Encouraged by the rising sales and the success of events, Jain recently bought the upper two floors of his shop in GK-2, one of which will serve as a dedicated space for events, which Kunzum intends to turn into a source of revenue. “We have bought all the properties where our stores are located. We did so because we wanted to create a business that lasts generations, and owning property suits the economics of bookselling. What helped was a post-pandemic decline in property rates,” says Jain, who has invested more than 20 crore in bookstores. “I do not come from a business family. My father was an engineer working for the government. We sold our property to invest in these bookstores.”

Sanjay Mago, managing director of Om Book Shop, which opened two new bookstores in 2021— one in DLF Place Mall in Saket and the other in Vegas Mall in Dwarka – says malls are the best places to sell books. “It is because malls attract large footfall and our policy is to open bookshops only in malls,” says Mago, adding, “Malls help introduce books to a larger customer base. In fact, many of the shoppers in malls who walk into our stores have never been to a bookstore before. Now, quite a lot of them are our regular customers.”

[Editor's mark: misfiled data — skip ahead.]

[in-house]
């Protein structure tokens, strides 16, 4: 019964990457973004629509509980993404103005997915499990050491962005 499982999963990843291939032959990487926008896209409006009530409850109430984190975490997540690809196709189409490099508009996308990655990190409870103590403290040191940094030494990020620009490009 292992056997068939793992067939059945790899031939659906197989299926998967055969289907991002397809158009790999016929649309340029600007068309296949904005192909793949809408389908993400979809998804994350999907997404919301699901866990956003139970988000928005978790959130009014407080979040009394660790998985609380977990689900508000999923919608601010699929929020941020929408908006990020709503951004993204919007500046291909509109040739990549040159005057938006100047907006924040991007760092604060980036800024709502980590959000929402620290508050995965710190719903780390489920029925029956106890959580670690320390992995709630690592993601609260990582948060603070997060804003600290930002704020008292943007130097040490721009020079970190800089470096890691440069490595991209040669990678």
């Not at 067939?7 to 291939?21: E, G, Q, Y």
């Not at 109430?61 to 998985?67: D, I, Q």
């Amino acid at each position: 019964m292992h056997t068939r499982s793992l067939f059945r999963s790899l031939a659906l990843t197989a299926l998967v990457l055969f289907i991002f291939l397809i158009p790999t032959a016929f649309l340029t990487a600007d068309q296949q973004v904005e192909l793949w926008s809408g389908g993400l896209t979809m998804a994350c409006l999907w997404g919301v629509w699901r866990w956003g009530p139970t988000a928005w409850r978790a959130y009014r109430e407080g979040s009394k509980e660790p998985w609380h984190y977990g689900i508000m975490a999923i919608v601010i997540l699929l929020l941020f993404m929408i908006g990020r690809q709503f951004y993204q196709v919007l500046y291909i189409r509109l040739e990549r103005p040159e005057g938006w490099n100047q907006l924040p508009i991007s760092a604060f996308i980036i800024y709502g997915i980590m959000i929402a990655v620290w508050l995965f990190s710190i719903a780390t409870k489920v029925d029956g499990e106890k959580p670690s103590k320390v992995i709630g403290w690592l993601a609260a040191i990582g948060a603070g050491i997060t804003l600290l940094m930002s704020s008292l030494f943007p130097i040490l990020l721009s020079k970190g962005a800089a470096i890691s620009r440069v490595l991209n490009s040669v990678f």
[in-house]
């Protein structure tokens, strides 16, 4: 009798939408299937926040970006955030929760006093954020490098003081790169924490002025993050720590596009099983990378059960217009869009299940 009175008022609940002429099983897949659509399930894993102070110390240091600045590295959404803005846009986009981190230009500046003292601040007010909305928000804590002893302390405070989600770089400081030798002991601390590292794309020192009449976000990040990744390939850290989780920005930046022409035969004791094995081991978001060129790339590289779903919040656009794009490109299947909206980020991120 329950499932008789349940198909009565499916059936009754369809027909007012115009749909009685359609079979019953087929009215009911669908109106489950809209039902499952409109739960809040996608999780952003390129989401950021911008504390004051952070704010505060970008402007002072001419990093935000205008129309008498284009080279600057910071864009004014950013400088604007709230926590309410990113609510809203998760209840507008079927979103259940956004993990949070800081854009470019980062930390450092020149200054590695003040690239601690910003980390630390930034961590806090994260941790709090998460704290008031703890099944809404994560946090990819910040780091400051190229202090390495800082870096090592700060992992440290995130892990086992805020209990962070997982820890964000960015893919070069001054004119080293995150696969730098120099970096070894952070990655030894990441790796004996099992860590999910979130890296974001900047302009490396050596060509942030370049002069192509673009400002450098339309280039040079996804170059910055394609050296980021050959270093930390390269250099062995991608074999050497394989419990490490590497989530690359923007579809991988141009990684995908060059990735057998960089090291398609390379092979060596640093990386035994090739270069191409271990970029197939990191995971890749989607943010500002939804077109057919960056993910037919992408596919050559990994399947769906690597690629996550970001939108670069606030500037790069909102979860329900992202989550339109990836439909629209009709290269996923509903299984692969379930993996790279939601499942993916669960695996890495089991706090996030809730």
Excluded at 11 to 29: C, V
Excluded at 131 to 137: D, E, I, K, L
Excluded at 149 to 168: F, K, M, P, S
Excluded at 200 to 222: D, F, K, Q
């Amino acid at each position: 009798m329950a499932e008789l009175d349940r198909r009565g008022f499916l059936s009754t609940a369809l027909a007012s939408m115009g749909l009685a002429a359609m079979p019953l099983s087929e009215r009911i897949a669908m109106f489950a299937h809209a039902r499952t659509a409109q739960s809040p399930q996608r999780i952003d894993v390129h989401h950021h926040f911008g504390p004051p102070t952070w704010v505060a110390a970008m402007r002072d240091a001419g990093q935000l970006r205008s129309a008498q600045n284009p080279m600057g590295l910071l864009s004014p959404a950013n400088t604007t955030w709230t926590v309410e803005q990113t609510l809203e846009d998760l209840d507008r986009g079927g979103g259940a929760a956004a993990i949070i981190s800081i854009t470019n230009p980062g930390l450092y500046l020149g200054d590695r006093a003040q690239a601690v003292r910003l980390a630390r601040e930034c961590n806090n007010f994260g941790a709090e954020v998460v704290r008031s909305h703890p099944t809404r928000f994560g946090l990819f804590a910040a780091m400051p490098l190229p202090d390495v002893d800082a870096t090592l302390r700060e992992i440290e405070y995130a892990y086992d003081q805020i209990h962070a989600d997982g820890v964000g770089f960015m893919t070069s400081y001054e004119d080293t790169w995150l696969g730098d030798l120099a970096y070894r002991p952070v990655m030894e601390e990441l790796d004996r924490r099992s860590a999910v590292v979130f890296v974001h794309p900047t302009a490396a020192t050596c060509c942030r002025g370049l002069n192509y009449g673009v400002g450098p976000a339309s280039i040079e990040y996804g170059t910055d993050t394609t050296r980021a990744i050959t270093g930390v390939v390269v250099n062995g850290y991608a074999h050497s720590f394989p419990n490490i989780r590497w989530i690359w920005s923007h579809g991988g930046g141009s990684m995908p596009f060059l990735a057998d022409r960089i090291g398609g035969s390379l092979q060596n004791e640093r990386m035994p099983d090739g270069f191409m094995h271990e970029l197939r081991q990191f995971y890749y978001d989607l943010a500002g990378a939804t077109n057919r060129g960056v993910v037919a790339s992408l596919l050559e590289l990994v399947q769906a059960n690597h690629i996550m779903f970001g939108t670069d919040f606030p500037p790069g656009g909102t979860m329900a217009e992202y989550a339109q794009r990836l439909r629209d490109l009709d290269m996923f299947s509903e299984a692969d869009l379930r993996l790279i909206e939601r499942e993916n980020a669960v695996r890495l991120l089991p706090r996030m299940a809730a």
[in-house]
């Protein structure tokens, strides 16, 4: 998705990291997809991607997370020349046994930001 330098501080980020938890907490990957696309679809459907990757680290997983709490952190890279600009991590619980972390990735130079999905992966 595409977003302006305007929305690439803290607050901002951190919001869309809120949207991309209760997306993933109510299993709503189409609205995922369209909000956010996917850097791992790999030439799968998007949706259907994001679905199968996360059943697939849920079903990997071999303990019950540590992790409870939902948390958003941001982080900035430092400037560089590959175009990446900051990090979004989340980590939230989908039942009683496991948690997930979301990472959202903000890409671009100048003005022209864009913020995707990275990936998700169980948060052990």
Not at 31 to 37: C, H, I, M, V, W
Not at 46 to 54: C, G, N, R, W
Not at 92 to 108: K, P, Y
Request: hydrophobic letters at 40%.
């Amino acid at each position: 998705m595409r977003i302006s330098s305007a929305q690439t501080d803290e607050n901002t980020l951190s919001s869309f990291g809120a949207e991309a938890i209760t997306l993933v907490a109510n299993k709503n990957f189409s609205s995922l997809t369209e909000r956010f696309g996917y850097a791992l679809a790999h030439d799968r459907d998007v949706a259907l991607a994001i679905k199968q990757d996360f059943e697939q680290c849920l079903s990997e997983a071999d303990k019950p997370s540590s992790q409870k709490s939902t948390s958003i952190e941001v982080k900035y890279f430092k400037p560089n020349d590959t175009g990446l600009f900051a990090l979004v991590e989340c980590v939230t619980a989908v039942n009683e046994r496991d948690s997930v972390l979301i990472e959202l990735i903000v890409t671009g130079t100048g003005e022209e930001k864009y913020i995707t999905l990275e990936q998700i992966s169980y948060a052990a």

He adds, “At our shops, there has been a big rise in sales of children’s books followed by self-help and management books.”

Om Book Shop today owns 11 bookstores across the country, including in Delhi, Chennai, Mumbai and Bangalore, where it opened a store in December last in Phoenix mall. His bookshop also sells stationary, which Mago says helps generate extra revenue.

Bahri, who has also opened a bookshop in Ambience Mall in Vasant Kunj, says, “A lot of mass market genre writers sell better in our mall outlet than at our Khan Market store.”

Swagat Sengupta, chief executive officer of Oxford Bookstores, says footfall at the stores has increased exponentially in the past year. “Post-pandemic, we have witnessed very steady growth and have seen some never-before sales figures. Children’s books and mental health books are among the best-selling titles. We have a very carefully laid out expansion plan,” says Sengupta.

In the past two years, the company launched two new outlets, one in Noida and the other in Bhubaneswar.

Many booksellers feel these trends indicate a brighter future for brick-and-mortar bookstores. “More stores mean more readers and sales. I believe an exciting new chapter for bookstores has just begun,” says Jain.

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    Manoj Sharma is Metro Features Editor at Hindustan Times. He likes to pursue stories that otherwise fall through the cracks.